And, so I did then drive along a working hump like I remembered !! Cool !!
They didn't chase you then..And that close you're hiding in plain site !!

Thanks LateStarter for all the entries..
 

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As interesting as the Krauss-Maffei engines may have looked, their hydraulic drive system (instead of the standard "diesel-electric" system) proved to be a failure in real-world usage, hence their relatively short service lives.

Some of the SP SD's, on the other hand, were still running 40 years later...
 

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Bendix King "wagon wheel" antenna. Elevated feed 1/4 wave ground plane.
 
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Trackiockey05
PS
.
One tiny detail I noticed in the 3rd photo down with the Black Widow themed locos, is that as modelers, myself included, we would have naturally made this main line curve a perfect circle.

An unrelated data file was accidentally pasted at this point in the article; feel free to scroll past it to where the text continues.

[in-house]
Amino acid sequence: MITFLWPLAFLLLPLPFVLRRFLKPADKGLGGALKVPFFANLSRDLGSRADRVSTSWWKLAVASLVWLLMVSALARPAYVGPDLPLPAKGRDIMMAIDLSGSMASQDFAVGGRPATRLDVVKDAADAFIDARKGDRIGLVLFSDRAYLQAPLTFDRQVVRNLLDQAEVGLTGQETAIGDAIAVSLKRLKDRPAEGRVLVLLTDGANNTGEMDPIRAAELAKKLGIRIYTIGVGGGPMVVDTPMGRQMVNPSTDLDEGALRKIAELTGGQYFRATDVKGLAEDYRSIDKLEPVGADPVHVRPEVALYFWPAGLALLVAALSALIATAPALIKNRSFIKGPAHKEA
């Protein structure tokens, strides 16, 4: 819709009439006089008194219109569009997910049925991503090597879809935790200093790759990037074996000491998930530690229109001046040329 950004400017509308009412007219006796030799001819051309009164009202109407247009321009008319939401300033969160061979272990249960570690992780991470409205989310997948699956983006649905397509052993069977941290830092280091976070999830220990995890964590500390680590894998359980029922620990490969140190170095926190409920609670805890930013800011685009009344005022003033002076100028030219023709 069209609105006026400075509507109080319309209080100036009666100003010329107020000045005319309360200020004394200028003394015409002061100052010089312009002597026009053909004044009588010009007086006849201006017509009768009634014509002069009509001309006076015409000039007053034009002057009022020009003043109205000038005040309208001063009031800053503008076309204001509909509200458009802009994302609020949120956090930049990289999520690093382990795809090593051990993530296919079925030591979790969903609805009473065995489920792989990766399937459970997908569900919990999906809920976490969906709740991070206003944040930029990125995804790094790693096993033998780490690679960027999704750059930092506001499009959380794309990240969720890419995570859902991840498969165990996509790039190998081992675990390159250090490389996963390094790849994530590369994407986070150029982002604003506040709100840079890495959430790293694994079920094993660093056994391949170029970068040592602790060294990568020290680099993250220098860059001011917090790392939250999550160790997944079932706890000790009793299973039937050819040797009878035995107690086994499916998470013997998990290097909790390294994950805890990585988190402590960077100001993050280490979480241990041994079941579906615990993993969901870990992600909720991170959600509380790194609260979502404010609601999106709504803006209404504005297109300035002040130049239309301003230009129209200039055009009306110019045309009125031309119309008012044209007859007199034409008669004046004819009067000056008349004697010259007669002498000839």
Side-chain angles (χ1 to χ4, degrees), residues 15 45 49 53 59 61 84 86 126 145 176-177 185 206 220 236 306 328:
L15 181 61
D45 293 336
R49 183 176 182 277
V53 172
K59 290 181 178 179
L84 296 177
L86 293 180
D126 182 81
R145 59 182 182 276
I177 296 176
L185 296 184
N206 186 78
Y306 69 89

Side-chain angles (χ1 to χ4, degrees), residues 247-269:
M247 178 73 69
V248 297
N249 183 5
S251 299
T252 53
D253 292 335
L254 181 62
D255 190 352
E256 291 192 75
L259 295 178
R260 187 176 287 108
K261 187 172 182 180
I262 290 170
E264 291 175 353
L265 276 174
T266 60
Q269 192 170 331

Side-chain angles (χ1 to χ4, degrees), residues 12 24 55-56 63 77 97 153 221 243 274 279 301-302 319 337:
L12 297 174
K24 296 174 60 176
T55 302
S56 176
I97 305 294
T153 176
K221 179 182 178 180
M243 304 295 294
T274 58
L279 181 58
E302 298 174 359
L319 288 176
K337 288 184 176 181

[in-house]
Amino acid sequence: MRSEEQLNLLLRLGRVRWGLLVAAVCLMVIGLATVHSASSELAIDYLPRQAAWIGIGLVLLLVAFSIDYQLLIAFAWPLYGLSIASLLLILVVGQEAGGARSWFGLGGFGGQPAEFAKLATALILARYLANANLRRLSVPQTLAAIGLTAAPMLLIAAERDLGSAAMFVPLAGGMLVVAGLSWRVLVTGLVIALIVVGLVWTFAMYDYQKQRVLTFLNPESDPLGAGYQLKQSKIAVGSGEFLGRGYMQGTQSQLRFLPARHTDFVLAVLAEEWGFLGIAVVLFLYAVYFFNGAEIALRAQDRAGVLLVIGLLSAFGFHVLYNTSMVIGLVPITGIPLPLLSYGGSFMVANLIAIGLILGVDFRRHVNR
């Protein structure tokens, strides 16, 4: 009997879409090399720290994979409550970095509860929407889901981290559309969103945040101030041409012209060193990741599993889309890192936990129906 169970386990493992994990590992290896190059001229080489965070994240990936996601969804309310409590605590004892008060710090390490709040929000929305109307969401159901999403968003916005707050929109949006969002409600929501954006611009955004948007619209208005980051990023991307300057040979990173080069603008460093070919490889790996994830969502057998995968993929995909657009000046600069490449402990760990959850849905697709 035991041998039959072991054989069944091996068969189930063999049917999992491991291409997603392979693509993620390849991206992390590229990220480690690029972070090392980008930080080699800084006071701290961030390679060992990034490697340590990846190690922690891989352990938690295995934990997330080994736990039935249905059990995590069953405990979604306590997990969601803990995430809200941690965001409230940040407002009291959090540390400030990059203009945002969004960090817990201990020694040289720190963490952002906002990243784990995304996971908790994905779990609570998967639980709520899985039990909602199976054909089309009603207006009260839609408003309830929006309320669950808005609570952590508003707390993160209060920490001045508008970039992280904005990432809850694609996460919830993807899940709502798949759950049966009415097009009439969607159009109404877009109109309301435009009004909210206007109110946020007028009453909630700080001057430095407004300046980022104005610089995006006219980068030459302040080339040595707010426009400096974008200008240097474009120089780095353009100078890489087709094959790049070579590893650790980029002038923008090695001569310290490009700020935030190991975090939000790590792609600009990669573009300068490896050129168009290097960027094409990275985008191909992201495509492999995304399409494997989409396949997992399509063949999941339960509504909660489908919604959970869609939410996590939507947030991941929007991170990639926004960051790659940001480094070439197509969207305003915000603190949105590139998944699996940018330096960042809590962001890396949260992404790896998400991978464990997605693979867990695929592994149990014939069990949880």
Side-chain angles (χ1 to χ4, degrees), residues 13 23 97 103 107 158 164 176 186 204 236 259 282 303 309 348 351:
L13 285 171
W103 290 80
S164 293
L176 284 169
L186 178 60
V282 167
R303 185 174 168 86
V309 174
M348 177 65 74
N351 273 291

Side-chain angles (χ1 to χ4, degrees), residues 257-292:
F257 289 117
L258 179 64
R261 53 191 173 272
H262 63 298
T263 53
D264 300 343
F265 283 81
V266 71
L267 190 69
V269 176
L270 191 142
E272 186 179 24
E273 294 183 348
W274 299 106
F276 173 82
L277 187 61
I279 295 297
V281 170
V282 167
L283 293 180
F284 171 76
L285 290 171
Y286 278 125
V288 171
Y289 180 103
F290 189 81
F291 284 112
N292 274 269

Notice the 1:1 scale did not !!
The first 4-5 cars behind the, count 'em, six engines, look to be in a nearly-straight track section within the curve. But perhaps we're seeing some kind of 'easement' leading to/from a sharper segment(s) of the total curve. Something to ponder next time we're installing a mainline curve ! "Hmm.... Is it too perfect ?".
There were two turntables at Taylor..After yard became defunct I walked both of them..
To this day I see the rail action on San Fernando Rd. as well as fav train areas in L.A.!!
And, so I did then drive along a working hump like I remembered !! Cool !!
They didn't chase you then..And that close you're hiding in plain site !!

Thanks LateStarter for all the entries..
Its actually a short tangent between curves, on my territory I have a 3 mile stretch with 5 3 degree curves, 3 of them have short tangents between them and when viewed on a track chart or profile they appear as 1 long curve, looking at that pic, and the challenging terrain, I'm betting there are many curves there, there are actually 5 components to the curve, short spiral, spiral, full body, spiral, and short spiral, technically 3, but the average curve will have a spiral and short spiral leading in and out either end of the full body, sometimes you go through several short spirals, and short tangent combinations depending on the terrain